Three years ago my wife, Sara, and I left our then two-year-old daughter Lily at home with her grandmother to go to the hospital--feeling like our lives were about to change forever--again.
There was a difference between two kids and one kid, or so we'd heard. And perfectly happy with our lives as three, Sara and I would often talk about the change to four--how with two kids and two parents you can plan on man-on-man coverage; but when one of us is gone, there are two kids to keep safe and only one parent to do it.
What if they plotted against us?
How on earth would one of us ever make it to and from the grocery store?
How would one of us feed them both lunch?
How would one of us console them both if they needed arms to hold them?
But then there wasn't much of a point to this speculation--it was too late for that; you get to a certain point and there is no going back--the baby is coming.
I remember when the contractions started. It was about 4:00 a.m. and I was supposed to lead a Bible study at 6:00, I remember thinking. And then I foolishly said what I was thinking out loud--"So, I have Bible study in a couple hours; do you think I can make it?"
I don't remember what she said, but I do remember how she looked at me.
There was a baby coming, and when a mother knows that her baby is coming, there's generally a singular focus. There are no more decisions to be made, and nothing matters as much as this new life that is about to come into existence whether you have Bible study or not.
But--for a foolish father, that's not necessarily the case.
On the popular television show, Breaking Bad, I'll never forget the episode when the main character, Walter White, who in the eyes of most is a high school chemistry teacher, mild mannered, predictable, responsible, decides to deliver pounds of crystal meth while his wife, Skylar, gives birth to their second child. Even as his wife calls to tell him that the baby is on her way, his mind is on money, finding a way to pay for his chemotherapy without insurance and providing for his family, attempting to make enough money while he has the time so that if he dies from this cancer, they will be provided for. In his wife's mind, however, nothing is so real, nothing occupies her thoughts, so much as the little girl about to be born. She labors at the hospital whether her husband is present at her side or not.
Fortunately for me the Presbyterian Church provides for these needs--we are blessed with health insurance, retirement, and life insurance--but still on that momentous morning when our second daughter was born, for Sara there was nothing else in the world but the inevitability of her contractions and the promise that something good would come from them, while for me there were responsibilities to be considered, distractions to be distracted by, and decisions to be made.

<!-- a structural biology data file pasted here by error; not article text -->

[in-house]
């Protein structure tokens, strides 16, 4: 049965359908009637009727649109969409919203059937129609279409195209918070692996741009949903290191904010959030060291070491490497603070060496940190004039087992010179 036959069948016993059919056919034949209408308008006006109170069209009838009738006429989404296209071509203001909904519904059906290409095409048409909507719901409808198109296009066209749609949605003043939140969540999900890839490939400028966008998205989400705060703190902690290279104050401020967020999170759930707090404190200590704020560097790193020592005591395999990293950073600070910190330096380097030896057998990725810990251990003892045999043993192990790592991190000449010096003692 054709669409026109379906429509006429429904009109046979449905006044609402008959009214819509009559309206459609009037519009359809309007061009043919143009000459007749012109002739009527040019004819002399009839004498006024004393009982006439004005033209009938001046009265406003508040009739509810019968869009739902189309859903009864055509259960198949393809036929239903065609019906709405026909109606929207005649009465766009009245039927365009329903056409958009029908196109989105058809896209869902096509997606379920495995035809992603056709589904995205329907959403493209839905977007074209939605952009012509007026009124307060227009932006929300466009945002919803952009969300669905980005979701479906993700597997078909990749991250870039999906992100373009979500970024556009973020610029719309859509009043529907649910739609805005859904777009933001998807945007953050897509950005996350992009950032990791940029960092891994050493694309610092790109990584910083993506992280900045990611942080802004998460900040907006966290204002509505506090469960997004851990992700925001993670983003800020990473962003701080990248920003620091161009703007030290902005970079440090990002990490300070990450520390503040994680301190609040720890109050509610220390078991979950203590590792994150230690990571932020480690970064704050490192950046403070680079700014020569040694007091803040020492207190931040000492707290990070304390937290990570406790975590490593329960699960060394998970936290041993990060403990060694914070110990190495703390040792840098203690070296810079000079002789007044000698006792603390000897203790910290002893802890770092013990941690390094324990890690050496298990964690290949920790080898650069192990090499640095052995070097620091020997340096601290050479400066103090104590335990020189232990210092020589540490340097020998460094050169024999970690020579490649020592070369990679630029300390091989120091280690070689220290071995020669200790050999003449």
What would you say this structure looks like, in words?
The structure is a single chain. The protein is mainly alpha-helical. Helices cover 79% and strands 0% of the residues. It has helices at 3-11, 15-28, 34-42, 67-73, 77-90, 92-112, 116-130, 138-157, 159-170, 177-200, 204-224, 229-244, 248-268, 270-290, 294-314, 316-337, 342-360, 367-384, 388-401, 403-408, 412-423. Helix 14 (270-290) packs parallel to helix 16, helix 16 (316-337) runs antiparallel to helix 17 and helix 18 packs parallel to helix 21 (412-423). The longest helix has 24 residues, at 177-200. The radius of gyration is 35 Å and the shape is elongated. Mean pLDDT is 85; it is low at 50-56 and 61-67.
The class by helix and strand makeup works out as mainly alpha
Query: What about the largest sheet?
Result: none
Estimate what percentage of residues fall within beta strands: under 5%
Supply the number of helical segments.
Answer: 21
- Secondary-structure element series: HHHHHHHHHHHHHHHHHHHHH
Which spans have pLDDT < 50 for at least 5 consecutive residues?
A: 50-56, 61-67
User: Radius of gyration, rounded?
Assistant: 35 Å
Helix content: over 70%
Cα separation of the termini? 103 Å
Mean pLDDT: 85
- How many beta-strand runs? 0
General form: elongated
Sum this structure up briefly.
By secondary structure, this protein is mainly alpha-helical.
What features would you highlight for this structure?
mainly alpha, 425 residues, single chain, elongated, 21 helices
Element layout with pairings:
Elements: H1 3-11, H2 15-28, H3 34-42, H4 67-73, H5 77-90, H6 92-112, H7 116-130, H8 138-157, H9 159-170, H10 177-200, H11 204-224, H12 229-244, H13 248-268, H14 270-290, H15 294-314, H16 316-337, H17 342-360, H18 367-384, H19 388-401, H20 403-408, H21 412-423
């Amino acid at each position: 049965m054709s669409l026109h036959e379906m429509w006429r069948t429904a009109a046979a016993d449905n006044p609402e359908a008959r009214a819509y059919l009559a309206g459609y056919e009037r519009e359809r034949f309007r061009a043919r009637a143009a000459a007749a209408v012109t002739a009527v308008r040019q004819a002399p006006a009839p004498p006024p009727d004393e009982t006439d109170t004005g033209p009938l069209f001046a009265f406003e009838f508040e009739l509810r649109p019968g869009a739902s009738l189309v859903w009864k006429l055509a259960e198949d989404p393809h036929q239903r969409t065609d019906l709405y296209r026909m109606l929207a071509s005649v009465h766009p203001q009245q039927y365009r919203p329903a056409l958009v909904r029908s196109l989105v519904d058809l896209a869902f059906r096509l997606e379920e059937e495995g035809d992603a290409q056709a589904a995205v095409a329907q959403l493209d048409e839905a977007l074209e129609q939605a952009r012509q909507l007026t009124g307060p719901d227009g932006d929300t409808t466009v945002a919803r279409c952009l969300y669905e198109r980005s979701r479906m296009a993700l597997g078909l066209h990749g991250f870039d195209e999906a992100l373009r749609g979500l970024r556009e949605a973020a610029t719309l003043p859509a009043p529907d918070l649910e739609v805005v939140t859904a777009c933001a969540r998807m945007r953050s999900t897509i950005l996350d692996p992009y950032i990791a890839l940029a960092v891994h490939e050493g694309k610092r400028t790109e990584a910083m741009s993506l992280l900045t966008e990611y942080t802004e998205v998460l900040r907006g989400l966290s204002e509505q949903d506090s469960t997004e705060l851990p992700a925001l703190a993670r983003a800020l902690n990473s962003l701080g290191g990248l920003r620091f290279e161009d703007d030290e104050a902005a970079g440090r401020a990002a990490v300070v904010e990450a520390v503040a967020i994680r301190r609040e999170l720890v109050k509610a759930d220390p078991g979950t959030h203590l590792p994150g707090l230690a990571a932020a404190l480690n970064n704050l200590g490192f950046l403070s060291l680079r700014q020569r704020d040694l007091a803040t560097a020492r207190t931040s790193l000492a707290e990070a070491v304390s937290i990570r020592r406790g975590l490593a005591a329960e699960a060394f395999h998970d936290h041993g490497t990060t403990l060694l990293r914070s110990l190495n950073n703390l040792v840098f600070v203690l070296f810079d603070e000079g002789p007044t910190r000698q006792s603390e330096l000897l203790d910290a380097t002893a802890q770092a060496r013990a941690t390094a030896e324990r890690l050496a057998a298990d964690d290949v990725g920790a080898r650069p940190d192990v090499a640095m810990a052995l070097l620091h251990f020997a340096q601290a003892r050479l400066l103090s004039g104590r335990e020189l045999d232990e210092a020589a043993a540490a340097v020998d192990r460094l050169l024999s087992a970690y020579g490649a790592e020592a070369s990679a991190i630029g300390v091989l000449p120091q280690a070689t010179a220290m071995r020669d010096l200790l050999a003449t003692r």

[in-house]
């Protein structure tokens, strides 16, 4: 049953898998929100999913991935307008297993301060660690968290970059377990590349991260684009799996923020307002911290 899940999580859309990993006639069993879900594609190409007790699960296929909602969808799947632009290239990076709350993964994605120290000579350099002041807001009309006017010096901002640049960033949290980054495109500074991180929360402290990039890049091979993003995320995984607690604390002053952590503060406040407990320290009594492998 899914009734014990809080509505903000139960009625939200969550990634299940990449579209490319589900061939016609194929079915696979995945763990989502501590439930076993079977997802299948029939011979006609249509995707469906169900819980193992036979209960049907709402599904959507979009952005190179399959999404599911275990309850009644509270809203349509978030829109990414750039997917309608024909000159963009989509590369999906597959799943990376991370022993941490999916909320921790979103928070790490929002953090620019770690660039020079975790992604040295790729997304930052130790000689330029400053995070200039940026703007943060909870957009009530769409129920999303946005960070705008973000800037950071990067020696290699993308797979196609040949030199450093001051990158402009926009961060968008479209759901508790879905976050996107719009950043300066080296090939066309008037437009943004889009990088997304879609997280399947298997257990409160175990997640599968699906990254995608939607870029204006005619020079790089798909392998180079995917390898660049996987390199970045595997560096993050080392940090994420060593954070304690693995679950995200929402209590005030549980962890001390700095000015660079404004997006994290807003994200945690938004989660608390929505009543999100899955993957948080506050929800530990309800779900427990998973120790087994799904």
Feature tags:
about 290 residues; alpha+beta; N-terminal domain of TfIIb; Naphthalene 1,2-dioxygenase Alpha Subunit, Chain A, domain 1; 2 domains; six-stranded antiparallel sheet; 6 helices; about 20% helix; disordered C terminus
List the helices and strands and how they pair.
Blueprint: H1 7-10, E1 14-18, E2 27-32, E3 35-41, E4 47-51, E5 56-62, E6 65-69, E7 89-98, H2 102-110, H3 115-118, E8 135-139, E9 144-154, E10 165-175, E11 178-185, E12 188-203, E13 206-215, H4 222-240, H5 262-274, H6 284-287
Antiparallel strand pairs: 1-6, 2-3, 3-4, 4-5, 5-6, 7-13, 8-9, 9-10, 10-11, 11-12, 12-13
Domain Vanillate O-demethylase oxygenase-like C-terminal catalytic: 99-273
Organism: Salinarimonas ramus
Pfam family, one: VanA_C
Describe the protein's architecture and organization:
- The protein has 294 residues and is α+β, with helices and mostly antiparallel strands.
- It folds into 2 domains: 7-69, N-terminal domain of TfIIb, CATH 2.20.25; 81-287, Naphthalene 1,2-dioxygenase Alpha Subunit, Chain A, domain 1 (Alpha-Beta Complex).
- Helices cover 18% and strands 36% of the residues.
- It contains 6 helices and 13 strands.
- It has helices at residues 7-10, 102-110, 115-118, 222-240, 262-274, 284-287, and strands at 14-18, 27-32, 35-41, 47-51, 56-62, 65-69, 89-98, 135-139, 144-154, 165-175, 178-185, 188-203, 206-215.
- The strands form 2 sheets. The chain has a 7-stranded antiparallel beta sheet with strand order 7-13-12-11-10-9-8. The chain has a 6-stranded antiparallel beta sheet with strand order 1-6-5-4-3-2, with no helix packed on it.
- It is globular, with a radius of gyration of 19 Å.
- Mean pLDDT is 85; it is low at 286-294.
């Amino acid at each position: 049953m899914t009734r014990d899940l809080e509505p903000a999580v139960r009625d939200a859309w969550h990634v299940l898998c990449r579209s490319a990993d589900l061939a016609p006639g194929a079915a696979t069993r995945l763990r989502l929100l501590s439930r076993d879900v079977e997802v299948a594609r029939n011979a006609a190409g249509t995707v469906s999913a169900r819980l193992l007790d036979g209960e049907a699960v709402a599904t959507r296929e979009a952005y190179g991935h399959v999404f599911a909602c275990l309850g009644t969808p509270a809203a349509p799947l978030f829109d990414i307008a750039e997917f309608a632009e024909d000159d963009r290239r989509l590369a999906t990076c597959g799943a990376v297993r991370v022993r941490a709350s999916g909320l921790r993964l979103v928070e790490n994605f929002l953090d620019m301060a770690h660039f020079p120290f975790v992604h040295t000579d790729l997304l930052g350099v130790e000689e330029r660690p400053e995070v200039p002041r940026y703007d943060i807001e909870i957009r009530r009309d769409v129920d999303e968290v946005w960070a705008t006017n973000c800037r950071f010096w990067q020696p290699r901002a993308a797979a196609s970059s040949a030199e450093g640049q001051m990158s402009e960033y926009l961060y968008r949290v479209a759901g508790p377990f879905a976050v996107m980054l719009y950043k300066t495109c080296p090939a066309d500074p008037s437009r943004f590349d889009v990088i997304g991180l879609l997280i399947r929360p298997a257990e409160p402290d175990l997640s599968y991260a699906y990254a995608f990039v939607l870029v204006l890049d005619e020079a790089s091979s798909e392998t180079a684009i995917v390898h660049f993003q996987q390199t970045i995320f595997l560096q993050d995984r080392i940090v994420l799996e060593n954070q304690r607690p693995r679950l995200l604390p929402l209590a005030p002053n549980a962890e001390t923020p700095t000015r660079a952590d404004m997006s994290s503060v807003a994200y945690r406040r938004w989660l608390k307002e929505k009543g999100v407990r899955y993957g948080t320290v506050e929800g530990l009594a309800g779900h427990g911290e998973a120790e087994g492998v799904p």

The same was true in the Roman Empire that the Apostle Paul lived in. Labor was women's work, and while mothers labored, men deliberated; and finally, when the child was born, he or she was handed to the patriarch who had a decision to make. Whether the baby lived or whether the baby was set outside to die, that was up to the decision of a man in many households in the Roman world--as though a human's will governed the world.
Certainly the conditions were better at the hospital we drove to that morning than they would have been had we lived in Paul's world. Sara and our daughter Cecelia benefited from the care of a doctor who has delivered half of the city of Columbia where we live, and a nationally ranked hospital where mothers have access to sanitary conditions, epidurals, even television and popsicles. We benefited from a system of health care unavailable to many, certainly unimaginable compared to the conditions in the Roman Empire, but what was the same, the thing that for a mother cannot change, was the urgency of the moment--when everything else falls away.
It is my wife's singular focus that I remember when I hear Paul's words: "We know that the whole creation has been groaning as in the pains of childbirth right up to the present time."
Surely there were women in his congregation who knew exactly what he was talking about, just as there are women in every congregation who know the sensation of obligation, fear, responsibilities, and the need to decide all falling away to nothing in this moment where there is only one thing--the pain of childbirth and the promise of new life.